MARTIN: So this narrative has caught hold after Donald Trump's victory, that men, in particular white men, have not seen the kind of wage increases. And that's led to a severe feeling of disenfranchisement from the system. But you write, as you illustrate with a statistic, this has been happening for a long time. So why is this only now coming home to roost?

COWEN: I think what we had done in the previous decade was take on a lot of debt to try to cover up fairly stagnant standards of living. And that can work for a while. We also have improved our country in other ways. We've made it more tolerant. We've made it safer. Those are good things.

So life in some critical ways feels better. And those are real feelings. But at the same time, if you let slip the dynamism of your society and your economy, eventually that will come back to pinch or bite you really pretty badly.

MARTIN: You write at the end of the book, and you put it in bold, actually twice, this sentiment. And I'm going to quote now from the book. "The biggest story of the last 15 years, both nationally and globally, is the growing likelihood that a cyclical model of history will hold, rather than a model of ongoing progress."

So what does that mean? I mean, what's the cycle we're living through, and where are we at in it?

COWEN: In the 1990s, pretty much everything seemed to be going in the right direction. More countries were democratic. More countries were becoming free. Lately, we see China, Russia, Turkey moving back in a much more authoritarian direction, significant parts of the Middle East up in flames. The forward march of progress is not the main story today.

MARTIN: When you talk about these big historic cycles, these are cycles that include the rise and fall of empires. Is that what we're witnessing?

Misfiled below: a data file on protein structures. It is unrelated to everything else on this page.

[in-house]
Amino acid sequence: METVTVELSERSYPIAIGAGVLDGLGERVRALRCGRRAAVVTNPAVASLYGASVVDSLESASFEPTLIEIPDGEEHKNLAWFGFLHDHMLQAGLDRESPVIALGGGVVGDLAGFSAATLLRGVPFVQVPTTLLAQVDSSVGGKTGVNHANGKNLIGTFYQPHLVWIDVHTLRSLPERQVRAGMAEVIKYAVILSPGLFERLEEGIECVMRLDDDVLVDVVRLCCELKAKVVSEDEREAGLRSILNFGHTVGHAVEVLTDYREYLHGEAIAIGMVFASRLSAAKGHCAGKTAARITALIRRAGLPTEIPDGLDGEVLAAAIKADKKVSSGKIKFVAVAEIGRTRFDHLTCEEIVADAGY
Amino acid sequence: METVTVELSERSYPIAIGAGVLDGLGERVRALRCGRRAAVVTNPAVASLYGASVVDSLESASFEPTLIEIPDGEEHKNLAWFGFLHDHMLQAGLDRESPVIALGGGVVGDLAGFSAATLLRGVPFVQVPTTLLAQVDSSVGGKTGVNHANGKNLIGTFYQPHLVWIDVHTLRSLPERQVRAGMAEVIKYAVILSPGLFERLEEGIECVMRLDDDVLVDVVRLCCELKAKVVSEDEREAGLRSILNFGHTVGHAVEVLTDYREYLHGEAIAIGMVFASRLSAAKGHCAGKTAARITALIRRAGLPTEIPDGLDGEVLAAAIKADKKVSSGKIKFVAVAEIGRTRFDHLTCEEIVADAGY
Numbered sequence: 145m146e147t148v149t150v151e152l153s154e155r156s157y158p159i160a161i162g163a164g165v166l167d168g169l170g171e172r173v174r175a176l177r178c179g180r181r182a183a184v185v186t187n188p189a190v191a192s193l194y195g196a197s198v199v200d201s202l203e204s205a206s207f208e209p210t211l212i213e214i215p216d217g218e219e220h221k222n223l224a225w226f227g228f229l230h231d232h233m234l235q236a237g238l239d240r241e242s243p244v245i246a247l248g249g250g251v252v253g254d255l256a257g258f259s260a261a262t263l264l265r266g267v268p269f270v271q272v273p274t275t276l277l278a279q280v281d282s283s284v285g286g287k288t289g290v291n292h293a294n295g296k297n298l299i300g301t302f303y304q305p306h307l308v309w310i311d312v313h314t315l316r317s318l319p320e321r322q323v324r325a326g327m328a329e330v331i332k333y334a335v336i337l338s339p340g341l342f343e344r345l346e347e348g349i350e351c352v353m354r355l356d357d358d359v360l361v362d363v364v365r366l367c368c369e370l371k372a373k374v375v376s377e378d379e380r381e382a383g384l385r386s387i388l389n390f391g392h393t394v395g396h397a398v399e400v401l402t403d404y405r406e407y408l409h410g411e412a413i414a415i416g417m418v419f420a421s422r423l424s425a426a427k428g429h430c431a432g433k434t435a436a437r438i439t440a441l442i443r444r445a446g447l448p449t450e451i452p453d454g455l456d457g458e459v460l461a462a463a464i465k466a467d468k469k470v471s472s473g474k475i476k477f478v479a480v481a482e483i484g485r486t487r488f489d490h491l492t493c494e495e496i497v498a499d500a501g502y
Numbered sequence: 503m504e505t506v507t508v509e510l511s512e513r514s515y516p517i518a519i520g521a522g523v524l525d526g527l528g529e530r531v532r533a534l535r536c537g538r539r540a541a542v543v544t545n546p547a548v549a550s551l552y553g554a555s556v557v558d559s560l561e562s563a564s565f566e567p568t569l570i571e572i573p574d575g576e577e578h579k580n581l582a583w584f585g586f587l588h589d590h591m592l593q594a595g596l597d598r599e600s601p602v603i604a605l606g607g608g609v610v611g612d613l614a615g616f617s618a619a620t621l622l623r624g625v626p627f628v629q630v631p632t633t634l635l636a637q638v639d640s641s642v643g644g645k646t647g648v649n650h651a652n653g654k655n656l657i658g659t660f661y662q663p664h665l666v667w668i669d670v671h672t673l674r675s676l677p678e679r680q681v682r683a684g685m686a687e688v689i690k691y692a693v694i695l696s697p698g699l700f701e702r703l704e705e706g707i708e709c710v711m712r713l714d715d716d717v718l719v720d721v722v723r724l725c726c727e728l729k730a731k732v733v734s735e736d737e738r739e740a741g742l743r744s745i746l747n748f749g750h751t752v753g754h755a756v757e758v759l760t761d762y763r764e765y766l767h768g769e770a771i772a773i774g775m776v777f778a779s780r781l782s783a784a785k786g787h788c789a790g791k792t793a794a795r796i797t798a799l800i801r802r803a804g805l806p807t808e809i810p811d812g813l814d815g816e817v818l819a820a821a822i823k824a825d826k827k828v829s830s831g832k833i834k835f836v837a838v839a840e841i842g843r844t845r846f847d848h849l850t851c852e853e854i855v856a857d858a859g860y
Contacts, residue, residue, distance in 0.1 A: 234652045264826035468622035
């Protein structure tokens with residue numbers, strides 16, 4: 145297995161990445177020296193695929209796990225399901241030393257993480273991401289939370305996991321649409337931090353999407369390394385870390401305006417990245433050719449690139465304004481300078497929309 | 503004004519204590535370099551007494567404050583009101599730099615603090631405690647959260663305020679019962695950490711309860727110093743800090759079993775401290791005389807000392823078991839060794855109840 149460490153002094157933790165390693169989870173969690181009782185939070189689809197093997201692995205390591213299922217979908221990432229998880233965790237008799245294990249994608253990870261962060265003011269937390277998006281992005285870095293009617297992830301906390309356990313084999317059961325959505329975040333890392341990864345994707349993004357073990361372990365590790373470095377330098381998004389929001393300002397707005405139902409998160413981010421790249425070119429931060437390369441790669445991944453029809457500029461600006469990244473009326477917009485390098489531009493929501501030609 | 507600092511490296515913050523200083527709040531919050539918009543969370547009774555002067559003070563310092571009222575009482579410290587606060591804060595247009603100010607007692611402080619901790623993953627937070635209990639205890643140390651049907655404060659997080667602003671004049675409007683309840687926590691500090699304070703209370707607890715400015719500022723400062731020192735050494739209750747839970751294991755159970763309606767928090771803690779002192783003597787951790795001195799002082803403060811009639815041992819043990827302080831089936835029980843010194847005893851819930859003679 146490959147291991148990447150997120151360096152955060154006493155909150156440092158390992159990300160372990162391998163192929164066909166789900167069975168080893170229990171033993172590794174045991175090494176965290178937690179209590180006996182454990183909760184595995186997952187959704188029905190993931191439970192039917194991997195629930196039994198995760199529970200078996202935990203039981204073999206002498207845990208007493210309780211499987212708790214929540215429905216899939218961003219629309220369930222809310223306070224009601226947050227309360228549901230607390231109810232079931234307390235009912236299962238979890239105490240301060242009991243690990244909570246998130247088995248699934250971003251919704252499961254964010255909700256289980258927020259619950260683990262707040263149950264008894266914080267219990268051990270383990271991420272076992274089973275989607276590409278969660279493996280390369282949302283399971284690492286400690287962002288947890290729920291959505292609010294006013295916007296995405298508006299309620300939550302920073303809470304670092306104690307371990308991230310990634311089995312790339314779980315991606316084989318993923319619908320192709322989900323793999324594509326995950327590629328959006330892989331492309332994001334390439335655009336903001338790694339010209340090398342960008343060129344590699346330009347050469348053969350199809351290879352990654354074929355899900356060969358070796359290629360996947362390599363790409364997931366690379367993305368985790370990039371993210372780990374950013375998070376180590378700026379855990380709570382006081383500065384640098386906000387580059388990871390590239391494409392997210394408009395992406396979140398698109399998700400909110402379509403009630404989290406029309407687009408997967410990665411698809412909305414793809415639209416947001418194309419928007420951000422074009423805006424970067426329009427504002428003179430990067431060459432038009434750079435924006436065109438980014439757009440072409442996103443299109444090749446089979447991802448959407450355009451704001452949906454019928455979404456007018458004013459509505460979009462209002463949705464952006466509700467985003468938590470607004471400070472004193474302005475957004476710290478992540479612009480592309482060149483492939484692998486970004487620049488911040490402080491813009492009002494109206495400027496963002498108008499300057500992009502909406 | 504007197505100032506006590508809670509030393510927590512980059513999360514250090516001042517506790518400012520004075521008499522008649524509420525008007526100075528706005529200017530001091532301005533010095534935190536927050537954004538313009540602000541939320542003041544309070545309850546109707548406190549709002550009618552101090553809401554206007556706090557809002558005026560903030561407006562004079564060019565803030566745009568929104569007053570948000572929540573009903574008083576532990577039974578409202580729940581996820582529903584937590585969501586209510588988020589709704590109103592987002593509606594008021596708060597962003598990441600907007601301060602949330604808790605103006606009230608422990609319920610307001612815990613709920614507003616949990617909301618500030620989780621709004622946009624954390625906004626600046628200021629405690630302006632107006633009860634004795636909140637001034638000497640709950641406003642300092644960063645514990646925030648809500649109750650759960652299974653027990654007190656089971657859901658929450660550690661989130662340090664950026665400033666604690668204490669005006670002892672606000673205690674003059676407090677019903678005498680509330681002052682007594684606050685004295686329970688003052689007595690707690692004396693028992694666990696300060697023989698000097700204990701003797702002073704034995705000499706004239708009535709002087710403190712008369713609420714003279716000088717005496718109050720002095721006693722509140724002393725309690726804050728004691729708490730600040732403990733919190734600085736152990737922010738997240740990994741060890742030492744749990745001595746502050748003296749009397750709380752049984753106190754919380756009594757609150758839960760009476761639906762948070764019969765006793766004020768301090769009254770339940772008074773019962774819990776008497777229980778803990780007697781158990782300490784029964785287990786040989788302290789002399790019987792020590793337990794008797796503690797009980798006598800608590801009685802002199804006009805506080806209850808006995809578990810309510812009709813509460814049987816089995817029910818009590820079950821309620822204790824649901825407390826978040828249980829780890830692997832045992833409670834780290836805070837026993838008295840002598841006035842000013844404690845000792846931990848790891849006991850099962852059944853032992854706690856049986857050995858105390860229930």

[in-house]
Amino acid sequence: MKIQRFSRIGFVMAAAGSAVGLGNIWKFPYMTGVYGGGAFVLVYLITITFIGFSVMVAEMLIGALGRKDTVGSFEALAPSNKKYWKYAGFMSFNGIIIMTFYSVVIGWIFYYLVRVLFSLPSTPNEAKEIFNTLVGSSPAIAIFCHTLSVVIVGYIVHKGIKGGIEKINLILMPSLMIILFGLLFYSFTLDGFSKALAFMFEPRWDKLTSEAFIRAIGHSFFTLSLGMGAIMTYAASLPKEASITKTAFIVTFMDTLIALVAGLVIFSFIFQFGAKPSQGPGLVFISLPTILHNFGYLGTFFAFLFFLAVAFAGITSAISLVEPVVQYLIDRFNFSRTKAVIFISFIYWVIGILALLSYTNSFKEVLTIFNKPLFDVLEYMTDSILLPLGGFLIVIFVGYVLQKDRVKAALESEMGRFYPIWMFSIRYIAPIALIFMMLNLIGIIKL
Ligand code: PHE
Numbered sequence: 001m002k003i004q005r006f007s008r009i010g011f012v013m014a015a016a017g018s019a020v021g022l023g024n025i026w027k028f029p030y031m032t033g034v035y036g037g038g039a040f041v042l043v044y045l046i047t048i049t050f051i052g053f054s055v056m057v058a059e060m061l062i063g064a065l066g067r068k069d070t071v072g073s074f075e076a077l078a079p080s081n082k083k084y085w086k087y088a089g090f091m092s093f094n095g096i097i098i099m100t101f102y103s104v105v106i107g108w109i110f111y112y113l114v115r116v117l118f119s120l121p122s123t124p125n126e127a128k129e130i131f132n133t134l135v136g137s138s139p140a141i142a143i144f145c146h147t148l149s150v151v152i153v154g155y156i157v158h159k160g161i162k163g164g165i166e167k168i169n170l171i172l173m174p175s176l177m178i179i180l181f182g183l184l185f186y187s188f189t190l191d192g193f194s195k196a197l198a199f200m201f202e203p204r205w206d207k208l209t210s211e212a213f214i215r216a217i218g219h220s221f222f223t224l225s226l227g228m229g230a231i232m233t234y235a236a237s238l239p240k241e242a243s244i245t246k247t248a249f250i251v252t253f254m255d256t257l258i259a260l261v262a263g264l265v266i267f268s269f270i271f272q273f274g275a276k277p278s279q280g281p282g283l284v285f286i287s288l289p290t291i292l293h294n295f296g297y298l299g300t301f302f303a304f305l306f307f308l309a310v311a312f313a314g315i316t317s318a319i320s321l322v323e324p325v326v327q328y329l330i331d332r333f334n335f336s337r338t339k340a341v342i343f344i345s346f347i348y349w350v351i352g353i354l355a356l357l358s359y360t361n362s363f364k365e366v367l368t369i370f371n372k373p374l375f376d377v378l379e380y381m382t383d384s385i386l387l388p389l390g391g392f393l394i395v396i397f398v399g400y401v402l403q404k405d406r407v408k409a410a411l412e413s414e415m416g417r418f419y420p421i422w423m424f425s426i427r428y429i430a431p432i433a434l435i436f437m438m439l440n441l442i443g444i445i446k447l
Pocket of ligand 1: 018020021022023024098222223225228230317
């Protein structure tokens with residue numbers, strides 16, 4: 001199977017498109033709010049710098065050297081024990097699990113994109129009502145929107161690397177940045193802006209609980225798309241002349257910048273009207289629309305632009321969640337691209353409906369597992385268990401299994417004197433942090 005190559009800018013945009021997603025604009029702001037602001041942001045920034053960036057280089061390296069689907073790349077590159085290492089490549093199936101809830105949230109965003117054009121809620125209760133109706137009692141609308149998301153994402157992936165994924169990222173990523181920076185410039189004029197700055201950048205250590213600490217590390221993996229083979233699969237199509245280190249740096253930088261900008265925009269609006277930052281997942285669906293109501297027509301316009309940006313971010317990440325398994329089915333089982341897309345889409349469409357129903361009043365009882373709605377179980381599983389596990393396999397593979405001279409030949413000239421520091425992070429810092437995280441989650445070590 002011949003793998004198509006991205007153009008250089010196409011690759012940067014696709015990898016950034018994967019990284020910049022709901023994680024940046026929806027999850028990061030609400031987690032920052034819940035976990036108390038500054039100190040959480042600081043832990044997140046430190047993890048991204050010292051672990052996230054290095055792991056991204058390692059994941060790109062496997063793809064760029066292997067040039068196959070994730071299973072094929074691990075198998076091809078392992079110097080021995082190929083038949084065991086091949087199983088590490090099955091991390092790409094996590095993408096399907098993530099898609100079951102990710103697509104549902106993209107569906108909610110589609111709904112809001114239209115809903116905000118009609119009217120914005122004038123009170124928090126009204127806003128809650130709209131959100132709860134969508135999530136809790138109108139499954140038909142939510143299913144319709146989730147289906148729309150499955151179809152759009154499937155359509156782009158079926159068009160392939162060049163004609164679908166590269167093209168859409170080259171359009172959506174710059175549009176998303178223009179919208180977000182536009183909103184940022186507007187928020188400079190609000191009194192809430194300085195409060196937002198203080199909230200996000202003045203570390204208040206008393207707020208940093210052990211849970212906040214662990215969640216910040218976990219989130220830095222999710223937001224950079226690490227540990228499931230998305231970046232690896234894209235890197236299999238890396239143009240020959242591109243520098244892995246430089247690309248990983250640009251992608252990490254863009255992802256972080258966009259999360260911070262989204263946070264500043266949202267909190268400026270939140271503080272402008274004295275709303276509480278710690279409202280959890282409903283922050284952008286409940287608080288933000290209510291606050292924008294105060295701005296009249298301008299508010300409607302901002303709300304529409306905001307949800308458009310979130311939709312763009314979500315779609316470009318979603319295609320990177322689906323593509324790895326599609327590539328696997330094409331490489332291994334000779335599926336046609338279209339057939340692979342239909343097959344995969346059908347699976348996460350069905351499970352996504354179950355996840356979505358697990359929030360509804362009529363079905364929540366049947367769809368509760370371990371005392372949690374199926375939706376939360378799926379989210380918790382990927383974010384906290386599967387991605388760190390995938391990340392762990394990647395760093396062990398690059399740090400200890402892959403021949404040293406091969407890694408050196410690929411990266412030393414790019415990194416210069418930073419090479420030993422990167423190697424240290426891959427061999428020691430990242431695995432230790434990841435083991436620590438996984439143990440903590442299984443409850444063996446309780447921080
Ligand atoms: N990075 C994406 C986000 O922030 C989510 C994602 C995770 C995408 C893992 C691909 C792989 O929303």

COWEN: I would say the risk of an unraveling of the basic liberal globalized world order has been going up for some number of years now. And only now do we see it with Brexit and the election of Trump. We need to take this risk very seriously.

MARTIN: Donald Trump, if anything, was a rejection of the status quo. The people who supported him are the people you're writing about who said, we've been living in this stasis. And so we want to break the system. We want to break the status quo.

COWEN: But keep in mind, the rejection of the status quo was not for a bold, bright, optimistic, daring future. So much of the rhetoric of the Trump campaign - the inauguration speech, the convention speech - it's been deeply pessimistic. It's been deeply backward-looking. It's about wanting to go back to an America of the Eisenhower era, attitudes toward race and foreign alliances and foreign trade. I don't think it really is dynamism. I think it's another form of actually a disguised complacency.

MARTIN: So how do you sleep at night after writing this book? I mean, this is grim stuff we're talking about right now.

COWEN: I'm actually an optimist. And I think some of this has to do with age. So I think of the '80s and '90s as very calm, smooth, optimistic decades. But when you think back to our broader history, you know, the Civil War, the Great Depression, the Vietnam War, Richard Nixon trying to undermine the Constitution. Those are all terrible, deeply unpleasant events. But we did get through them.

And I think viewed in a longer run perspective, this country will recapture its dynamism. I think innovations that have been restricted to the tech sector will move through most of our economy. At some point, real wages will go up quite a bit more again. My hope is the current political mood is something we're getting out of our system, rather than a permanent change. So ultimately, I would bet on optimism. But I think those big bumps in the road, they're not distant. Right now, we're just at them.

MARTIN: Thanks so much for talking with us.

COWEN: My pleasure. Thank you.

MARTIN: Tyler Cowen's new book is called "The Complacent Class."